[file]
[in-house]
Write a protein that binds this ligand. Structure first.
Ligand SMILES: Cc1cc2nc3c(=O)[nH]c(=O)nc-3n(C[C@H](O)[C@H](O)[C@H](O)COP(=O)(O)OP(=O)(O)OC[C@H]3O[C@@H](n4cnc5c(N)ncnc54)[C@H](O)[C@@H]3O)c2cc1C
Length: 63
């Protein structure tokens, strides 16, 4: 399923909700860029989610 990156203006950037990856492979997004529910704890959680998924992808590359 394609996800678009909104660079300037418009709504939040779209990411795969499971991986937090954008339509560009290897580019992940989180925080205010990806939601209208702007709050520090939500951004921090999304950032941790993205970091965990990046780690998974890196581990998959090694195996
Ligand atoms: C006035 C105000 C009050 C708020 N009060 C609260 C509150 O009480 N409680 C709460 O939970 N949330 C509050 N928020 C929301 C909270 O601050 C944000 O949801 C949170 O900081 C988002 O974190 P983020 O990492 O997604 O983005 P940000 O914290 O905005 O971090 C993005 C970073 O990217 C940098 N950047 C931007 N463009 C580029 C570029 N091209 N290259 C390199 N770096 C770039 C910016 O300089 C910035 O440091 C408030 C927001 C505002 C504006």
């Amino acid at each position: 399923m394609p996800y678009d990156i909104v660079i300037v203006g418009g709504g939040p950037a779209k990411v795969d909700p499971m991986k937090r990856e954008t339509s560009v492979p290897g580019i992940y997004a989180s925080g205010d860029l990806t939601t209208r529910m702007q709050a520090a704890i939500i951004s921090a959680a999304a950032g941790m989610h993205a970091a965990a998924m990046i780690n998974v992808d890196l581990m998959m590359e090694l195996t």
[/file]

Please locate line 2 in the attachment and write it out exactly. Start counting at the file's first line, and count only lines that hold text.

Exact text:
Write a protein that binds this ligand. Structure first.